“An author makes you notice, makes you pay attention, and this is a great gift.”

-Anne Lamont, Bird by Bird

 

Mentor Monday

So sorry to have been absent for so long! 2018 has not gotten off to a great start.  Between traveling to Houston twice for my father’s surgery, an ice storm  trapping in us in the hospital and the flu/strep/pneumonia hitting everyone in my household it’s been one heck of a ride!

But, I’m jumping back on the wagon and working on revisions and researching a new nonfiction topic that I think will be quite fun. I’ve got several debut authors lined up for some interviews and giveaways, so make sure you subscribe to the blog!. You can also be on the lookout for my #50PreciousWords challenge (you can se my previous entry here) entry over at author Vivian Kirkfield’s web site.  If you aren’t familiar with Vivian, please go visit her blog. She not only writes fabulous books but has tons of activities for kids and writers alike.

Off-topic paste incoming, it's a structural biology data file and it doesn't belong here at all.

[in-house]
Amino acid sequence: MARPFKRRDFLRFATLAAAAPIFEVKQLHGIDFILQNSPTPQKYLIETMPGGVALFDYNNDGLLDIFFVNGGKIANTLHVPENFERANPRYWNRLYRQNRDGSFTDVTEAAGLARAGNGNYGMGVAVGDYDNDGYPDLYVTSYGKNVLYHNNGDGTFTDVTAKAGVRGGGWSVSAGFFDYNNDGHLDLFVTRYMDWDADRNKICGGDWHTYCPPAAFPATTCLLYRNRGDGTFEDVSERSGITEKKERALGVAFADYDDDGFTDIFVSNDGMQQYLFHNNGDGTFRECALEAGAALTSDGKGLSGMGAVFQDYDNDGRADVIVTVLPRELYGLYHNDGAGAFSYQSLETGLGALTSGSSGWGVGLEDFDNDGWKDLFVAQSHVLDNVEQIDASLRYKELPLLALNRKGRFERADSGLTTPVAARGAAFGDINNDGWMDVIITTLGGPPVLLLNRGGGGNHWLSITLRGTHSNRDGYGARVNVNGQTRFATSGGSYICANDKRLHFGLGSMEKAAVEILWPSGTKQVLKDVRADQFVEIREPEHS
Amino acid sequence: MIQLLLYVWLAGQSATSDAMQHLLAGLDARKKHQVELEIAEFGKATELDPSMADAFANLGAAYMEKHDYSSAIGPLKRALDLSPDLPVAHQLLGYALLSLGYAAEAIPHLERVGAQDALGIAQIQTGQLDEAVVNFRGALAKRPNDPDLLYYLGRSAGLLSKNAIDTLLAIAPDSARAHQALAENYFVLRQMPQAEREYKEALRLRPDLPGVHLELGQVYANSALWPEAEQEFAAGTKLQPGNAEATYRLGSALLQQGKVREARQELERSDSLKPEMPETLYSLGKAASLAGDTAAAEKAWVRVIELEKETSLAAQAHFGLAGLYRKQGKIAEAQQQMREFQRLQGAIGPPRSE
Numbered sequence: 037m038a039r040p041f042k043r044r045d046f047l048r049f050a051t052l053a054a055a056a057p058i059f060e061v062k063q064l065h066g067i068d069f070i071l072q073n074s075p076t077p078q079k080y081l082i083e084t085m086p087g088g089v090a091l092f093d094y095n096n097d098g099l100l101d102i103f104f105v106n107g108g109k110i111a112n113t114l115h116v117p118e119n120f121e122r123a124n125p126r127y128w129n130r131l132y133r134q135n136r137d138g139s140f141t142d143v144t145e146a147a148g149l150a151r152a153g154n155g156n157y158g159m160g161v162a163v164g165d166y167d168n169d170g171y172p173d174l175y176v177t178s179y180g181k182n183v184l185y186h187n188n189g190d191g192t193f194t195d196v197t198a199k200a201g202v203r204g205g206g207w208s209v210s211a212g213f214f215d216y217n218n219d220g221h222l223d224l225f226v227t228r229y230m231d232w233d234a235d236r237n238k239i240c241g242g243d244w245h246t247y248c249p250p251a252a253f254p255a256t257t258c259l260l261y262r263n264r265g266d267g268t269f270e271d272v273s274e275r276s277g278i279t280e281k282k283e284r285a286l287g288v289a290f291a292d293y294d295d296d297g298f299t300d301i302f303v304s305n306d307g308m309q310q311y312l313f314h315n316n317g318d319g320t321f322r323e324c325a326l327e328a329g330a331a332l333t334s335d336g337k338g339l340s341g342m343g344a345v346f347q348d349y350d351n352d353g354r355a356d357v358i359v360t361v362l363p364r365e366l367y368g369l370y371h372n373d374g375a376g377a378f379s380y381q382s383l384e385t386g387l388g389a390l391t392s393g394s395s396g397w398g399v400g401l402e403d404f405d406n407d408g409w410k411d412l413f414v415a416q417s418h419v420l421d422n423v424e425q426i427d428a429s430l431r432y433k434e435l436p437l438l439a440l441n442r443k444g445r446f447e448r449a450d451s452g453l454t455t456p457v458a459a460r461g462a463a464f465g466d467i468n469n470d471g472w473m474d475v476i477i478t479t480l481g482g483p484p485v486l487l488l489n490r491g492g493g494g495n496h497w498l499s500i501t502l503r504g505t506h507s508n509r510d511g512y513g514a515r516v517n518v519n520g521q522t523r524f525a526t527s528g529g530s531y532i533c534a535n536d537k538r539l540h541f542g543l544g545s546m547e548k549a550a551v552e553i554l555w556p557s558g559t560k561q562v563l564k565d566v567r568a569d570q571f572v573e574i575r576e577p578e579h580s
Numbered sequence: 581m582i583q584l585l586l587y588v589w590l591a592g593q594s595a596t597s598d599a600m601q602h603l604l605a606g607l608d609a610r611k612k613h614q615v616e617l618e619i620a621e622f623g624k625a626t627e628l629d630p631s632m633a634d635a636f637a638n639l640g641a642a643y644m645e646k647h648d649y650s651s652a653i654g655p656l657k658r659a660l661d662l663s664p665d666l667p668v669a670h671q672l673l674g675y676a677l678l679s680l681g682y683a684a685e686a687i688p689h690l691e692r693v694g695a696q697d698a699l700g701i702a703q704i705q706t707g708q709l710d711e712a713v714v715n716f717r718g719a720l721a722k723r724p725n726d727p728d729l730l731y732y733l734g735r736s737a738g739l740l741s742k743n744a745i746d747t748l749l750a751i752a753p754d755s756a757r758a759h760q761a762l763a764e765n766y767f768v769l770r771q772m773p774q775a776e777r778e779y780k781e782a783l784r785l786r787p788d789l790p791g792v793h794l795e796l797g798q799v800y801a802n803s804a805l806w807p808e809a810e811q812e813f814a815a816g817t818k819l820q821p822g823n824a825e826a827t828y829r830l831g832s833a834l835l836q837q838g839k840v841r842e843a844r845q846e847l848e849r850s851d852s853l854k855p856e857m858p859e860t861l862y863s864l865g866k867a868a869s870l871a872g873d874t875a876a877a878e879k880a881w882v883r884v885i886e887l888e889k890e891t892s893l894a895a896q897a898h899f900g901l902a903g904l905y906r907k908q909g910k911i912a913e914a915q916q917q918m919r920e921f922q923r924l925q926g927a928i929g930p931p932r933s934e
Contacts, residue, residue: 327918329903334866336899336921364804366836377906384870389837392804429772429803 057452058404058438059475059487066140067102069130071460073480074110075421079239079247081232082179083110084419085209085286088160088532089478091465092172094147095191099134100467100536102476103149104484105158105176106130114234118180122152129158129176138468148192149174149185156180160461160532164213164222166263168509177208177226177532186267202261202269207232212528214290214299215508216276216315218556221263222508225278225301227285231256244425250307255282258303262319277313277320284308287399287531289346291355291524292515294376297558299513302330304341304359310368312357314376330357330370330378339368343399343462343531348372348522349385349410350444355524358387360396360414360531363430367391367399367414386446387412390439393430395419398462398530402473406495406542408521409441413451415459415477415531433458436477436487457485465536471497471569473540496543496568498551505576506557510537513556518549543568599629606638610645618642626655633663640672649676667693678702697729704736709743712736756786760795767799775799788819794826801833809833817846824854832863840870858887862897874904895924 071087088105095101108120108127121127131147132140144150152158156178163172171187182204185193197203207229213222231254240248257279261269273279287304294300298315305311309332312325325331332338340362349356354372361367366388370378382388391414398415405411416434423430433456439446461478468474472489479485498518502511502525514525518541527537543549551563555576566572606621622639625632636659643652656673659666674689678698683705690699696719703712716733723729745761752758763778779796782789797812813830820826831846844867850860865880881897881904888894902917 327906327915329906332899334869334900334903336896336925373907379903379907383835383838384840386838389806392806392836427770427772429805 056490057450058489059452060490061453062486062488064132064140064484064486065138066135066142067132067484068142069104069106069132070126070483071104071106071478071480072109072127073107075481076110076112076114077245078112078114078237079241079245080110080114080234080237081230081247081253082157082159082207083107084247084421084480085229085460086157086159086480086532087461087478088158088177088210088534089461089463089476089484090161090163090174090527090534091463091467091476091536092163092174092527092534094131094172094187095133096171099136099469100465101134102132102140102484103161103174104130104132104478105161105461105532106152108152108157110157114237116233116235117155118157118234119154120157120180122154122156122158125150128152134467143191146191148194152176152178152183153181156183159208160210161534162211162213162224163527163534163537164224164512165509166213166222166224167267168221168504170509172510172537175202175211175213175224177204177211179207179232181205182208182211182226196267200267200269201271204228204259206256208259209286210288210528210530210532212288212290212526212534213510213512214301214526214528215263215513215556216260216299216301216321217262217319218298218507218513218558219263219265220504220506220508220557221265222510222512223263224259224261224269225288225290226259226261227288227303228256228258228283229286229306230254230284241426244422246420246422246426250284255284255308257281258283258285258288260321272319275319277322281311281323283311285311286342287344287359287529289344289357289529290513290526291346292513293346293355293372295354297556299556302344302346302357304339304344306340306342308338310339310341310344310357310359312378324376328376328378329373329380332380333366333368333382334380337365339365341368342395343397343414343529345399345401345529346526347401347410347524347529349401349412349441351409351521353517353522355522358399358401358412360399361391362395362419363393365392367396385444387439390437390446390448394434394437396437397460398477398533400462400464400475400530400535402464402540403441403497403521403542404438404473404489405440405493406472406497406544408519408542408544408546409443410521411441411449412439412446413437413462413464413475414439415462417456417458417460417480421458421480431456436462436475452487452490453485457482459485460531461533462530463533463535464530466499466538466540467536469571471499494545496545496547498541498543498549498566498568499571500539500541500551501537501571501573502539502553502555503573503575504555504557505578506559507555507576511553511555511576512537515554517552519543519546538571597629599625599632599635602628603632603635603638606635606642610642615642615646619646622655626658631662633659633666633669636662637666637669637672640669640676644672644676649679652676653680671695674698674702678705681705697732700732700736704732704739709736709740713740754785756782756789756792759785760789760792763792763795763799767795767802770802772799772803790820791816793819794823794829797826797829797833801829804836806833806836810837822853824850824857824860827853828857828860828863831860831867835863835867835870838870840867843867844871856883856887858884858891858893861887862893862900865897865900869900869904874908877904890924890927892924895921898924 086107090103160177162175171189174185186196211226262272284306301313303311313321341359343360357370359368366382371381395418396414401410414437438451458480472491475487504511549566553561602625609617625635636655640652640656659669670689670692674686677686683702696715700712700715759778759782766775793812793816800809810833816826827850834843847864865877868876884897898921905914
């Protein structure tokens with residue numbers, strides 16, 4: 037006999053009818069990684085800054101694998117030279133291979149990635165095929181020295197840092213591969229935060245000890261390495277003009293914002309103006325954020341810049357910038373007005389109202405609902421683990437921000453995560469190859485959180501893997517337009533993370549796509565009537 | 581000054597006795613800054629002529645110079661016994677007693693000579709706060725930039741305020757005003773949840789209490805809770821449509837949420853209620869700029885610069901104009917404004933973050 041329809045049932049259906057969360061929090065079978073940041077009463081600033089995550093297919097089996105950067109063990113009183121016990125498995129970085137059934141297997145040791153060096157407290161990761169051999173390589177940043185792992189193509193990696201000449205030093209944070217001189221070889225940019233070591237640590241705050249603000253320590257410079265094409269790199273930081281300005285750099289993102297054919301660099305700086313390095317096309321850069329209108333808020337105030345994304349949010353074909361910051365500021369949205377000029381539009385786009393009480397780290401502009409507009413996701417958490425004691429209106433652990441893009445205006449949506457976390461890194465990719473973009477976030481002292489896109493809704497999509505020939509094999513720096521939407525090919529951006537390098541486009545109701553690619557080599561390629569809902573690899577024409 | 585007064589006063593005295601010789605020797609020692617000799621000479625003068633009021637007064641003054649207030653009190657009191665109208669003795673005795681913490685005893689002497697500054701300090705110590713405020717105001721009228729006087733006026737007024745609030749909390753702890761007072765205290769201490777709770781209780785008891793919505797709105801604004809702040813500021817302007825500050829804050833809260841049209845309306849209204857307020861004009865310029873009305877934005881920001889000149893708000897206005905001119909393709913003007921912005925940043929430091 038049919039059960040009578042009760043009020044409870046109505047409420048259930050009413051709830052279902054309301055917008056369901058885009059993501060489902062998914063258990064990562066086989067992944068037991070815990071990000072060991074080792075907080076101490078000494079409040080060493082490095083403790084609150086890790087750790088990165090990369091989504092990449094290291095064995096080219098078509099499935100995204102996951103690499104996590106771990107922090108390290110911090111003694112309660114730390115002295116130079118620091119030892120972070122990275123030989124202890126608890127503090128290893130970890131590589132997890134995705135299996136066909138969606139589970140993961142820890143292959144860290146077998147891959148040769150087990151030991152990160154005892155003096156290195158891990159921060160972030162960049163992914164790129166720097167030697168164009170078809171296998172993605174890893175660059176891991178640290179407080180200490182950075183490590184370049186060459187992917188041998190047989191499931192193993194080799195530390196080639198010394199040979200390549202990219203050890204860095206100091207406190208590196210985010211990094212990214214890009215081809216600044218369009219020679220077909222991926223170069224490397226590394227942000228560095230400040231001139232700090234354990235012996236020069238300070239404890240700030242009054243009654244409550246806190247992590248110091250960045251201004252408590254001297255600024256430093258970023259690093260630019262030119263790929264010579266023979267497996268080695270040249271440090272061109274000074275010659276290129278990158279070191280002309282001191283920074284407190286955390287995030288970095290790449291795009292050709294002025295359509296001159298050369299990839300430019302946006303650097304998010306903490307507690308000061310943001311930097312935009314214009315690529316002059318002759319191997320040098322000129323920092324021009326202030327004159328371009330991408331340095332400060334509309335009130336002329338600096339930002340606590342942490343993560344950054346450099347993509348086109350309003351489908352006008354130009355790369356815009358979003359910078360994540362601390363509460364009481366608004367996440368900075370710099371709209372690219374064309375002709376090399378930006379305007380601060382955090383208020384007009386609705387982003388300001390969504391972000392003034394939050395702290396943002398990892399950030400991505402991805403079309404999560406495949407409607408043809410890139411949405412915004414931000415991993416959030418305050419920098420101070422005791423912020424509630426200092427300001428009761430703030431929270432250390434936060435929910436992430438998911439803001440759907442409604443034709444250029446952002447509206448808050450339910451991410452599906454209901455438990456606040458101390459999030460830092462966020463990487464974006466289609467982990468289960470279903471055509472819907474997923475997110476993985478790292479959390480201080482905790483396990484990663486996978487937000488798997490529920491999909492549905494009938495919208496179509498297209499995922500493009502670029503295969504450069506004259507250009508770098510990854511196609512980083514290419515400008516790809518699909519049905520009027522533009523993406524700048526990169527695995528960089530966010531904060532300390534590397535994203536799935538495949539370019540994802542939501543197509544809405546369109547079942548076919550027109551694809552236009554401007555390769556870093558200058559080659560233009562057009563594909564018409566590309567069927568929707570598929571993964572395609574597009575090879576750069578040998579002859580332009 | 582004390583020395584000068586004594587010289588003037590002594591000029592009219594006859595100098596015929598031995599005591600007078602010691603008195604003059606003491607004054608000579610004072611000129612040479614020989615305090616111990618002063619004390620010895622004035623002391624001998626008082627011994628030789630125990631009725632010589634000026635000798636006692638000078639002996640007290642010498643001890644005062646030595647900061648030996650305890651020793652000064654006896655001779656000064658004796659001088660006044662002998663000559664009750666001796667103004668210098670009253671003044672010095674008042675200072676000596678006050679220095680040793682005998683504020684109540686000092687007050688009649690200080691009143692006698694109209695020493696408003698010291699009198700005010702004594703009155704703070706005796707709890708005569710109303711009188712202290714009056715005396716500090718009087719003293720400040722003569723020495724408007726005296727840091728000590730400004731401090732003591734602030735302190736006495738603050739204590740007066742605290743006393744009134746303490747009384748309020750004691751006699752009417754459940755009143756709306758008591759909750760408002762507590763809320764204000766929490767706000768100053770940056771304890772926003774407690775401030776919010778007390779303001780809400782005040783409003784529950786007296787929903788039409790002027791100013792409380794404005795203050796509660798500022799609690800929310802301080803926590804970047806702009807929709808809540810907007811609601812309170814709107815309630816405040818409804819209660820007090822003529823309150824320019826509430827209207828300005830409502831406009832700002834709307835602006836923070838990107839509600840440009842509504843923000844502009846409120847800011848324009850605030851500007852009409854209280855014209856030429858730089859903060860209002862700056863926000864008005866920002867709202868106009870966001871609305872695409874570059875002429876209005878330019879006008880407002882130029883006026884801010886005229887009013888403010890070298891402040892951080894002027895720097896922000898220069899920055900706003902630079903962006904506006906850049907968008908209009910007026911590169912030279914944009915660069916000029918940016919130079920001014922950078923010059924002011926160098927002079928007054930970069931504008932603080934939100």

I’ve been trying to find more nonfiction books to evaluate since I prefer to write nonfiction, but today’s book is  fiction with a twist. Wilma Rudolph was the fastest woman in the world in 1960. This lovely story of friendship revolves quickestkidinclarksvillearound two girls who think they are the quickest girls in Clarksville, Tennessee, Wilma Rudolph’s hometown.

So, I present, Pat Zietlow Miller’s The Quickest Kid in Clarksville.

The Quickest Kid in Clarksville  Mentor Study Worksheet

Remember, you can find a blank copy of the Mentor Study Worksheet here.

Also, do an author a favor, if you read a book, please leave a review on Amazon and Goodreads.

Till next time!

J